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Words nearby Moab
ABOUT THIS WORD
What else does MOAB mean?
MOAB is an acronym referring to a large bomb in the U.S. military, the Massive Ordnance Air Blast or Mother of All Bombs.
Moab is also the name of a Biblical kingdom and a city in Utah.
Where does MOAB come from?
The kingdom of Moab—a name from Greek via Hebrew for “from the father”—is described in the Bible as what is present-day Jordan, bound by the Dead Sea on its west. According to the Bible, the Moabites often fought with the Israelites.
As an acronym, MOAB refers to a massive bomb developed by the U.S. military. The official name of this weapon is the GBU-43/B Massive Ordnance Air Blast (MOAB). It was tested in 2003 but not put into service until 2017.
In a press release in 2017, the MOAB was described as “the most powerful non-nuclear weapon in America’s arsenal.” It’s probable that its nickname Mother of All Bombs came about while the military was developing the munition. The mother of all X is a construction used for hyperbole (e.g., I have the mother of all hangovers).
Now, MOAB is also pretty common in the gaming world too.
How is MOAB used in real life?
Moab, Utah is a popular destination for fans of national parks and the great outdoors. The stunning, otherworldly landscape of nearby Canyonlands and Arches National Parks attract hundreds of thousands of visitors every year. These eager tourists love to post their vacation pics on social media using the hashtag “#Moab.”
Made it through another day. Weather not so good but managed to see Monument Valley and parts of Canyonlands on our way to Moab. pic.twitter.com/wjx8tCTZ8K
— Lydia (@LlydiaHa) October 7, 2018
MOAB as an acronym is used by the military and those interested in weaponry.
SON OF Abused Mom Drops MOAB Bomb on Dem Rep Keith Ellison: https://t.co/ETz4SB2lpl
— Truckingboards (@truckingboards) October 7, 2018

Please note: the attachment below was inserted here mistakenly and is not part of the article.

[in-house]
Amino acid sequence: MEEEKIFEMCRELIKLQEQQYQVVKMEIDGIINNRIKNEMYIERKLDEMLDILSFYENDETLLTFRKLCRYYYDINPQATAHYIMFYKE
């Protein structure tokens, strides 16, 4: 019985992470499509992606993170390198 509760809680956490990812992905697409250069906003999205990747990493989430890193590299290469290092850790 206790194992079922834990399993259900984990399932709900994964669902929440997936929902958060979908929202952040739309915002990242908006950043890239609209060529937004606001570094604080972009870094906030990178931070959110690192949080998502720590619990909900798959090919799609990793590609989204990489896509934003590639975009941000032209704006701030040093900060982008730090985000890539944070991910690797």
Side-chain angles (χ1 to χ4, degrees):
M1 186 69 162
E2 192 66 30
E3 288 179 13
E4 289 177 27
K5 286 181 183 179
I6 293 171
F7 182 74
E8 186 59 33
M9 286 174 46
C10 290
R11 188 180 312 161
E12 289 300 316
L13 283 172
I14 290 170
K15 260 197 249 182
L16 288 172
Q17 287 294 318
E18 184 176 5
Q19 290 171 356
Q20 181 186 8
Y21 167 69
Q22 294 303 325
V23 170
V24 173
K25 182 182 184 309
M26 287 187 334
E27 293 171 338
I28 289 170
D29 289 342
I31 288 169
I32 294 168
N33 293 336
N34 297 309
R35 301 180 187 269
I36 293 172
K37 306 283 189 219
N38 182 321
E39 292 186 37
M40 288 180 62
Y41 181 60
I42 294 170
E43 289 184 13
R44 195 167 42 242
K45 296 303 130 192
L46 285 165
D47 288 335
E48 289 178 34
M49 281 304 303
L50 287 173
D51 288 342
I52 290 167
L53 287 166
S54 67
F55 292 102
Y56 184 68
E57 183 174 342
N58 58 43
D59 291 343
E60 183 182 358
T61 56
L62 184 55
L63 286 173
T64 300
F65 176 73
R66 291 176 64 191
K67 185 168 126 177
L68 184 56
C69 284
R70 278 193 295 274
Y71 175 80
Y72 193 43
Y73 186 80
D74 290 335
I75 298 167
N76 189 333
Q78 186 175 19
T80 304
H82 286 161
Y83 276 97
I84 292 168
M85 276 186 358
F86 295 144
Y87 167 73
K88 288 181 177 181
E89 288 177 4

People may also use MOAB as a modifier (e.g. MOAB bomb).
More examples of MOAB:
“The MOAB is designed to destroy a lot of targets on the surface — unlike the Massive Ordnance Penetrator (MOP), the only US conventional bomb that’s larger than the MOAB (and one that has yet to be used in combat).”
—Zack Beauchamp, Vox, April, 2017
This content is not meant to be a formal definition of this term. Rather, it is an informal summary that seeks to provide supplemental information and context important to know or keep in mind about the term’s history, meaning, and usage.
Example sentences from the Web for Moab
In 1993, while squandering a perfectly good college degree, I washed up on the shores of the Colorado River in the sweltering hamlet of Moab, Utah, and found work as a river guide and dishwasher.
In the days following the monolith’s discovery, thousands of people poured into Moab, a small town on the edge of the desert already buckling under the weight of tourism.
Two Moab slackliners, Andy Lewis and Sylvan Christiansen, took credit on Facebook for the removal.
Because in the night Ar of Moab is laid waste, it is silent: because the wall of Moab is destroyed in the night, it is silent.
For this shall the well appointed men of Moab howl, his soul shall howl to itself.
For the cry is gone round about the border of Moab: the howling thereof unto Gallim, and unto the well of Elim the cry thereof.
Therefore shall Moab howl to Moab, every one shall howl: to them that rejoice upon the brick walls, tell ye their stripes.
Wherefore my bowels shall sound like a harp for Moab, and my inward parts for the brick wall.